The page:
Butt what calmed me down was realizing it wasn’t just any old bottle of bowel prep you might find at The Dollar Tree. No, $100 dollars bought me an entire kit! With TWO bottles of bowel prep, a reusable non-BPA (thank goodness) plastic cup, and nonfiction reading material!
Husband Robert just interrupted my inspired blogging to complain, “Neal, don’t you think it’s about time to move on from writing about the bowel prep? It’s starting to bum me out.”
Well, okay, here’s the final thing I’ll say, show about my experience with Suprep Bowel Sodium/Potassium/Magnesium (Isn’t that $1.29 Gatorade?) Sulfate Oral Solution …
After a LONG night, Robert and I showed up at the Endoscopy Center at 9 a.m. You have to have a driver for these procedures, you know, you can’t just hightail it to a colonoscopy date all by yourself, for goodness sake. Having a driver made me feel sort of special, inexplicably, not to mention inappropriately, reminding me of Morgan Freeman and Jessica Tandy in Driving Miss Daisy.
All kidding aside (for a moment, at least) ALL the folks at the Center were terrific—friendly, welcoming, professional and so adept at calming me down and assuring me that all would be well, that I was being taken care of. I wish I could remember everyone’s names to thank them individually.
Super amicable and soothing Nurse Molly showed me to my little smartly curtained waiting/prep cubicle, and when I was all snug in my little bed (kinda like Goldilocks), Molly brought me a heated blanket! I made a mental note to tell Robert ALL about THAT.
Then the hippest anesthesiologist in the history of anesthesiologists, Dr. Gantt, paid me a visit to let me know about the upcoming sedation. I couldn’t pay much attention because I kept looking at what made Dr. Gantt so very hip: his choice of headwear. His scrub cap (is that what you call it?) was all colorful/islandy. Dr Gantt told me he gets his caps from a company in Key West! The design looked something like this …
… but don’t hold me to it. I was about to have a colonoscopy. Do you expect me to remember everything perfectly?
After the hip anesthesiologist left my cubicle, I slowly settled back into my cocoon, gazed up and began to behold the most beautiful blue sky, replete with white fluffy clouds. Mesmerized at the heavenly scene miraculously forming above me, I suddenly felt nirvana-ish, at peace with the world, confident that my procedure was well under way, and the hip doctor’s sedation a splendid success! All I had to do was float, inhaling joy and health into my body, exhaling love and peace out into the world. Ohm.
But then Molly came back into my little cubicle, which I had dubbed Neal’s Nap Pad, and told me it was time to wheel away to my procedure (!). What? I had been staring up at the common area ceiling, painted a soothing light blue with white clouds to calm nervous patients like me.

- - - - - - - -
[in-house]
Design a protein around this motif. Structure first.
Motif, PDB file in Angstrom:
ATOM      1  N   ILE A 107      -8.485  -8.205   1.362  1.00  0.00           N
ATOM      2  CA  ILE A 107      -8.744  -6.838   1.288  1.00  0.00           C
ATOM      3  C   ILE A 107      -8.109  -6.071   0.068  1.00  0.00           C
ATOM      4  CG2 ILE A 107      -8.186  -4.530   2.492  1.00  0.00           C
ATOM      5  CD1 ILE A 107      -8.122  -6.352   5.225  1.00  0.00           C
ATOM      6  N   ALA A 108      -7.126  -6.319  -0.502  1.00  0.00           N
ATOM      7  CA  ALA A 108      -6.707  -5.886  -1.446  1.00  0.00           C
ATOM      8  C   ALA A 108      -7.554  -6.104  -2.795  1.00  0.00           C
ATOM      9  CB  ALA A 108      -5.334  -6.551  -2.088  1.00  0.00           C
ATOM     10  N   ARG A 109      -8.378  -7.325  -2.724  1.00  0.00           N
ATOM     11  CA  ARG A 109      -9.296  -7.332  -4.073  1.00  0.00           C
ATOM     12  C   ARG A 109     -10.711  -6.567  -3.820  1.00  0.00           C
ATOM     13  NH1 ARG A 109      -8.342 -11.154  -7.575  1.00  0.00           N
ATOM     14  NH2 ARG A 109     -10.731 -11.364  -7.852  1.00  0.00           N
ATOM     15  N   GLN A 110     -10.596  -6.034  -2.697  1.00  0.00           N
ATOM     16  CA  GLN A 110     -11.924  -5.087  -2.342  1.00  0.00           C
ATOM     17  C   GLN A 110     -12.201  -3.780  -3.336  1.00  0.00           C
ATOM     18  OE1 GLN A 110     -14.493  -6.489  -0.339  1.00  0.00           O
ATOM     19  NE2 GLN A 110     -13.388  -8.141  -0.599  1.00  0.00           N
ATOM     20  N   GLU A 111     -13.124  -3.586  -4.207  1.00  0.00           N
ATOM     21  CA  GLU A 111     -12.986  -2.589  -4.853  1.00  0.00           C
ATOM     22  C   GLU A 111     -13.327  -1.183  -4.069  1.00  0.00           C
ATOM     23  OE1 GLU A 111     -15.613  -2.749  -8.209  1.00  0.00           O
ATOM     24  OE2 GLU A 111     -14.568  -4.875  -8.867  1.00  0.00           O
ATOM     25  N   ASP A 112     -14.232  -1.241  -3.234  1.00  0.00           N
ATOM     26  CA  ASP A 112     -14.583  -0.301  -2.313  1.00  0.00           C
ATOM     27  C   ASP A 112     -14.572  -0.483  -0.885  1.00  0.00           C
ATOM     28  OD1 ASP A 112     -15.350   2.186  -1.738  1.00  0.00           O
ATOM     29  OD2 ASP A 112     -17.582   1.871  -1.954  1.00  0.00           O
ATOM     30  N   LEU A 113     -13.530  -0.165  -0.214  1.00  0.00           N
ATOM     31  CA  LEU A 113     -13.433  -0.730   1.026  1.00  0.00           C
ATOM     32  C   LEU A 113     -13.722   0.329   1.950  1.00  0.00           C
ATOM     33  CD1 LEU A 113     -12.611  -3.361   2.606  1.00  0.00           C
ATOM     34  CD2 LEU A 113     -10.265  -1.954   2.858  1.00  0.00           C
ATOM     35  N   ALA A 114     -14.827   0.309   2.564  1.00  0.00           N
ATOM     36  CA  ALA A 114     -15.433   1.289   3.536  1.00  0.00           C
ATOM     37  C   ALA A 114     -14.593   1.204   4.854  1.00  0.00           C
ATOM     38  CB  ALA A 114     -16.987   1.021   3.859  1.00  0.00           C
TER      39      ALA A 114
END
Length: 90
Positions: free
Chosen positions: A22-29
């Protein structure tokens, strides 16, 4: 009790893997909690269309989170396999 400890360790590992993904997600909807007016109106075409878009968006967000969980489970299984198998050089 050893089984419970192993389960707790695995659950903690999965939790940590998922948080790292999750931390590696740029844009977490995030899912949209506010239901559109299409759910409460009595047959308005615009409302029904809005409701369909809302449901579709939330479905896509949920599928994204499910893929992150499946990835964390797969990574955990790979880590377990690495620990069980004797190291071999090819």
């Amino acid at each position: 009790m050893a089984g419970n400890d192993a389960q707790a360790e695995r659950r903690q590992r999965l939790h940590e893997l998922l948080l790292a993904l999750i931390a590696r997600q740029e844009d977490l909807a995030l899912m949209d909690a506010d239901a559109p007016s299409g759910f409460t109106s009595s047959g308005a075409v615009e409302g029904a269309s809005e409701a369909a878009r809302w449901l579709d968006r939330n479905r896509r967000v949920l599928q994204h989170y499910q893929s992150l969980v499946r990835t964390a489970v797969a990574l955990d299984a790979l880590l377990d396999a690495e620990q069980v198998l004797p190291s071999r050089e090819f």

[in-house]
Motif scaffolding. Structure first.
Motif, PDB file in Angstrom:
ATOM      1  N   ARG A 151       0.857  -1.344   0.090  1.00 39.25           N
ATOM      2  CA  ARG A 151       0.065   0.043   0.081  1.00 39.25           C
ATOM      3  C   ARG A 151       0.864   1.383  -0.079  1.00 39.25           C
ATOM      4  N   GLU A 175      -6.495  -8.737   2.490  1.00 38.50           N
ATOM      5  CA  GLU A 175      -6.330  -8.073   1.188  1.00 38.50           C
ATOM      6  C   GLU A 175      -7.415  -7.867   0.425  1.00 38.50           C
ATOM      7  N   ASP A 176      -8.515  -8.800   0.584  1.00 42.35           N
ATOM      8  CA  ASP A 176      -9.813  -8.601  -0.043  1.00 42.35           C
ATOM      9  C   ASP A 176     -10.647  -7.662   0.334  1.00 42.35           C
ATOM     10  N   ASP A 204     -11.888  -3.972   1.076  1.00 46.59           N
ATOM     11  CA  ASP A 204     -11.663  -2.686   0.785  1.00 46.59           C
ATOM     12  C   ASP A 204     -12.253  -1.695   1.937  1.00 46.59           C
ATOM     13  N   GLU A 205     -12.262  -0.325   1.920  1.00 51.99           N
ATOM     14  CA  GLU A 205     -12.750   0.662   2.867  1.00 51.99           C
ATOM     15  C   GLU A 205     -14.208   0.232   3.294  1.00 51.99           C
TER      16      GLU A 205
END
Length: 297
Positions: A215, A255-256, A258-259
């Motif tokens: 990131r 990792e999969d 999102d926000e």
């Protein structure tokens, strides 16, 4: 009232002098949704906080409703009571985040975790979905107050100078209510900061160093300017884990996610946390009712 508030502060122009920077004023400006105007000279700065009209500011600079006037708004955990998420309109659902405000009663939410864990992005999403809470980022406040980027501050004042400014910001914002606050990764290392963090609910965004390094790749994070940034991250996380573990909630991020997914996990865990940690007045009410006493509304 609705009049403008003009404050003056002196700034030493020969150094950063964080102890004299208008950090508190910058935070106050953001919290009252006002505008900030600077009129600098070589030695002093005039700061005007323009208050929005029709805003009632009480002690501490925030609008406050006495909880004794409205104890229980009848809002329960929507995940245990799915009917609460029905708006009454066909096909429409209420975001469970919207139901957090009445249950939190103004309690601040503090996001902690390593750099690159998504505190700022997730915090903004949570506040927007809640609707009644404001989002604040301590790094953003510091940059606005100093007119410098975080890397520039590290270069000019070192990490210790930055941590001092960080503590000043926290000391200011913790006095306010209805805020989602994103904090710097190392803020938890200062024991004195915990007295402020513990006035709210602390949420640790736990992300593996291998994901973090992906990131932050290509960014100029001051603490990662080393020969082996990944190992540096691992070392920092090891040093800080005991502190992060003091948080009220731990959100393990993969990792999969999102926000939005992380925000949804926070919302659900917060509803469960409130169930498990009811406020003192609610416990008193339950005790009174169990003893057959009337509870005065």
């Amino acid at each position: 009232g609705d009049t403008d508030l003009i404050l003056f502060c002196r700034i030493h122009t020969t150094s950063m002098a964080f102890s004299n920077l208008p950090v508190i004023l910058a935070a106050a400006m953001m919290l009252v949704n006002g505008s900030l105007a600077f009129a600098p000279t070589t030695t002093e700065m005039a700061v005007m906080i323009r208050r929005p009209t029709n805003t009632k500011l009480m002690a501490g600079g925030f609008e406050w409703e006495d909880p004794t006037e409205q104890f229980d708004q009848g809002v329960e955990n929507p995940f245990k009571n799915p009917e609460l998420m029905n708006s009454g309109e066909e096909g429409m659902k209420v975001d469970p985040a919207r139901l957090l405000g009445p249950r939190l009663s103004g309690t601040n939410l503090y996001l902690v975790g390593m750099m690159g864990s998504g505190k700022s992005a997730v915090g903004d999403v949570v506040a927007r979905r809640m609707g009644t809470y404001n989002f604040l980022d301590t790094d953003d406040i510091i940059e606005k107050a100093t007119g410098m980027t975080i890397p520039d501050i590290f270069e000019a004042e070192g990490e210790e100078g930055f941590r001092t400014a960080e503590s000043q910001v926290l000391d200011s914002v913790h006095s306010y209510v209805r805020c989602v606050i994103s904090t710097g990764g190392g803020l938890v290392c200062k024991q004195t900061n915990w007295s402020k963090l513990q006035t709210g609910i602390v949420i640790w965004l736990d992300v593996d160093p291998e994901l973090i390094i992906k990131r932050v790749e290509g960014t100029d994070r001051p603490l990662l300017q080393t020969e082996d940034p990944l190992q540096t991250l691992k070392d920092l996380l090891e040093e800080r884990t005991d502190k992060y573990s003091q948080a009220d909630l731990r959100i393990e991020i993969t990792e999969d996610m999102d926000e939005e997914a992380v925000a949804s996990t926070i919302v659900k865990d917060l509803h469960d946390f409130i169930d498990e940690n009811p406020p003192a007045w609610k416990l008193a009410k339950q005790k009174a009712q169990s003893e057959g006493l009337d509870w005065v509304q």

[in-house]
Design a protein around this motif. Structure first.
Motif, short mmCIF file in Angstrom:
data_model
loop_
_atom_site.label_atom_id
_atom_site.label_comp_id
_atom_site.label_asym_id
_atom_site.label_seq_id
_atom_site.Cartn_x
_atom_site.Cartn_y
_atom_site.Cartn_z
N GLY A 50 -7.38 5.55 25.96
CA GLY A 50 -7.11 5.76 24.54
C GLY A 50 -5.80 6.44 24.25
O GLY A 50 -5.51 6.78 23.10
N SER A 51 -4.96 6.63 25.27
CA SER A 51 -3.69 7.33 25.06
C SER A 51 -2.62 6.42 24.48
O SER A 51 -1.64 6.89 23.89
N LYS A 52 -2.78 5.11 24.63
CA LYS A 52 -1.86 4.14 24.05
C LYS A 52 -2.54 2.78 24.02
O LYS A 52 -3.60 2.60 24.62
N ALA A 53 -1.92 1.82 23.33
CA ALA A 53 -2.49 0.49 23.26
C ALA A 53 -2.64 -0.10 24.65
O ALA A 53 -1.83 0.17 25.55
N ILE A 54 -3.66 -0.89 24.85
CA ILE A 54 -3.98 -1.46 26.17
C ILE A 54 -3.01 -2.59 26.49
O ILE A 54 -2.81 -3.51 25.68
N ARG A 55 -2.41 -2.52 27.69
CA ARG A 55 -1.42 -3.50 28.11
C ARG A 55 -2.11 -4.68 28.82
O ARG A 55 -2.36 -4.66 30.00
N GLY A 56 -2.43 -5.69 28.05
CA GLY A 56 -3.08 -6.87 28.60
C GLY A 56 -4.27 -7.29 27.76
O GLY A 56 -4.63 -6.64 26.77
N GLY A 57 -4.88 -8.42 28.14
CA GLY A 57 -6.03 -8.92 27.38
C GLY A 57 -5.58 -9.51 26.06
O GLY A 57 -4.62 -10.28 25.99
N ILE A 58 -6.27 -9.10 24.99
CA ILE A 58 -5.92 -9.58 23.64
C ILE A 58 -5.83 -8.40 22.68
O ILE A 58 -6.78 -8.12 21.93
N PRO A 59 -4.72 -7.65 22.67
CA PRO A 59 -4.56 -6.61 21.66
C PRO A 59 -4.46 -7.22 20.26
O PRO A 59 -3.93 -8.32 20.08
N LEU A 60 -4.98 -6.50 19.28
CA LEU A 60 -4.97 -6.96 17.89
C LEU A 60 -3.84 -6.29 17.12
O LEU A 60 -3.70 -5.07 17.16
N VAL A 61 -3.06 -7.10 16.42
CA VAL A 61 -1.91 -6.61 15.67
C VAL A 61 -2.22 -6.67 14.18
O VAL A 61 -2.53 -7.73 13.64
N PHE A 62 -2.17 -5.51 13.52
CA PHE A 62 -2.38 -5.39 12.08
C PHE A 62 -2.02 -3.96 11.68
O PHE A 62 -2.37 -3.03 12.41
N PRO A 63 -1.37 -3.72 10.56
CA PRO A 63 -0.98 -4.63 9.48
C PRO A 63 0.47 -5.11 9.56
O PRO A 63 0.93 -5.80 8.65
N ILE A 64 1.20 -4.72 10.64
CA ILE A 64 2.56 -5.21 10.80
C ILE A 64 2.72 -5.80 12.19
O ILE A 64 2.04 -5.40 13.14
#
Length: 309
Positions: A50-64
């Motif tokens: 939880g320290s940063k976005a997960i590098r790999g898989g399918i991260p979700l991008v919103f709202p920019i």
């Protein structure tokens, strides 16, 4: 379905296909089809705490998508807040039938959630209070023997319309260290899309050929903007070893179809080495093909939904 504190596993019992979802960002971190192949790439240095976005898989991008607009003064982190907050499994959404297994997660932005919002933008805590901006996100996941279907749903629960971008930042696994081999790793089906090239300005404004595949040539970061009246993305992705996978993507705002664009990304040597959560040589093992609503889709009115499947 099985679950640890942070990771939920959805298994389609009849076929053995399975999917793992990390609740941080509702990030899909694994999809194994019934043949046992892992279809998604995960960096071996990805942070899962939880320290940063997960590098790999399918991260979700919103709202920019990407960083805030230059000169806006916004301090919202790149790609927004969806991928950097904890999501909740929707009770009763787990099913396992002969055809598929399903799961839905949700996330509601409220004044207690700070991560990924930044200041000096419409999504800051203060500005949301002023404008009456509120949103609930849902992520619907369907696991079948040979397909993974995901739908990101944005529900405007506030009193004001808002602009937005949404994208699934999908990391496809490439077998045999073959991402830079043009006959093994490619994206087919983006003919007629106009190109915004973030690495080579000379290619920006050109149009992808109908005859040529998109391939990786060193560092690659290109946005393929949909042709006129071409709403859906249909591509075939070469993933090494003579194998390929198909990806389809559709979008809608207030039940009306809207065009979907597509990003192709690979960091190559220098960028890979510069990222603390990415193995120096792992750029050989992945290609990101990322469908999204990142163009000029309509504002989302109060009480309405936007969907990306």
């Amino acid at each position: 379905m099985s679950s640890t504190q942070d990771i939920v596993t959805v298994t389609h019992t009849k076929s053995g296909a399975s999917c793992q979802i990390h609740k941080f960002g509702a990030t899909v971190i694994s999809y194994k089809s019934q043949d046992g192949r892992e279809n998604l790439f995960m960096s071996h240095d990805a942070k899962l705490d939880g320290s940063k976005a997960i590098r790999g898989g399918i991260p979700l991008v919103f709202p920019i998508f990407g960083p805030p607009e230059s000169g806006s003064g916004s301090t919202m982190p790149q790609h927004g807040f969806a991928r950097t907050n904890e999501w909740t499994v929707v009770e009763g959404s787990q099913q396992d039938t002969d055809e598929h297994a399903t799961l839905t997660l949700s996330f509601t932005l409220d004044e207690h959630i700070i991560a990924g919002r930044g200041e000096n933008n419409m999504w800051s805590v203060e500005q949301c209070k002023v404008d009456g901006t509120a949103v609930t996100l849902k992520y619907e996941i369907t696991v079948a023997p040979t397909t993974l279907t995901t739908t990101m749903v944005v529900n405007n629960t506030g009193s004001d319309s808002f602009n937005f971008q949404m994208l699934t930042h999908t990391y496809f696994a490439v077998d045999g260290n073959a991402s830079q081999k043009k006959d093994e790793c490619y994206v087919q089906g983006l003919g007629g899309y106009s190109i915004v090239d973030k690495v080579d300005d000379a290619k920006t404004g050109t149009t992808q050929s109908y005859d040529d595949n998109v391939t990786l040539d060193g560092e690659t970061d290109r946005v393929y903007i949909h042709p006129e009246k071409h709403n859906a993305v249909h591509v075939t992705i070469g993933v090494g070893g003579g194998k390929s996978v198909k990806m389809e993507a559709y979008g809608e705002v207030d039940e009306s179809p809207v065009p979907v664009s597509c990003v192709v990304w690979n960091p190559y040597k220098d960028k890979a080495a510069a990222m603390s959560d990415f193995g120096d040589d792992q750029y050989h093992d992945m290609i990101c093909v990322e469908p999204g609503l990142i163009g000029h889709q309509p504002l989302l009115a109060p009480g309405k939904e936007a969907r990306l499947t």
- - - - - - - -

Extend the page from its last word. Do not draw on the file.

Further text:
Nurse Molly said the sweetest thing to me as I left her: “I wish all our patients were just like you.” And I wish all nurses were just like Molly.
Wheeled into the procedure room, I was greeted by two delightful young ladies, but I can’t remember their names, darn it, an anesthesia nurse and a doctor-helper nurse (see how intelligent I am with medical lingo). The anesthesia nurse told me I was about to take a great little nap! And get this, the doctor-helper nurse saw from my armband (more about that later) that my birthday was coming up and asked how I planned to celebrate. I told her that Robert and I were keeping it low key, just going out to eat. [Interestingly, everybody seemed to know all about Robert, which I thought was just so 2022, forgetting that they knew about him because he’s my “designated driver.” Wait, am I getting this Center for Digestive and Liver Health experience confused with one a while back at Savannah Tap House?]
My new friend, the doctor-helper nurse, then went on to explain that her family had recently had a celebration by going out to eat as well.
“We went to Toni’s Steakhouse.”
“Oh. My. Goodness!” I think I yell/gasped, probably worrying the anesthesia nurse a little. “That’s where we are going! I’ve never been!”
She then aptly suggested that Robert and I share the delicious steak for two deal, which comes with four sides! I assured her that we will. And we will! I’ll post a picture next Monday. Now you have something special to look forward to.
Well, as much as I wanted to know what sides to choose from, things made a swift turn when Dr. Murphy stood up from where he had been doing who knows what at a computer near my feet. He told his helper nurse that he liked Toni’s too. The room started to feel like a Norman Rockwell family painting.
Dr. Murphy was terrific, saying that he knew my nurse daughter Amy (I need to come up with a better way to name nurses), sharing a funny little anecdote about a traffic stop, explaining to me all about the colonoscopy and assuring me that I would be fine.
Then I was out like a light.
Butt I think I recall snippets of the convo between the doctor and the two nurses as they worked on me.
Anesthesia Nurse: “Isn’t he famous? I think he’s famous.”
Dr. Murphy: “I think you’re right. I just can’t place him.”
Doctor-Helper Nurse: “I really should have told him the sides.”
Dr. Murphy: “I think he’s an actor. You know, they love Savannah.”
Anesthesia Nurse: “Hmm, I don’t think so. I think he’s a fitness model.”
Doctor-Helper Nurse: “Did you read his armband? He’ll be &@%! next Monday on his birthday! Who would have thought?! He doesn’t look a day over 39!”
The next thing I knew, nice Nurse Cassie was welcoming me back to Planet Earth and giving me some ginger ale! We hit it off, both having vacationed in the Poconos. Cassie soon walked me out to my designated driver (I felt just a tad like leaving the Taphouse). And I said to Cassie, according to Robert: “Everybody was so nice, if I didn’t have to have a colonoscopy, I’d like to come and hang out with y’all.”
And look, you get gifts. A neat holder pouch for your glasses.
This beautifully simple bracelet. Here I have it paired with another bracelet gift from Robert.
And, believe it or not, luggage!
Thanks so much to the talented, good natured, and kindhearted professionals at The Center for Digestive and Liver Health! The best!
Dr Murphy and sensational staff really did give me a most appreciated early birthday gift: a clean bill of colon health with no polyps. Again, TMI?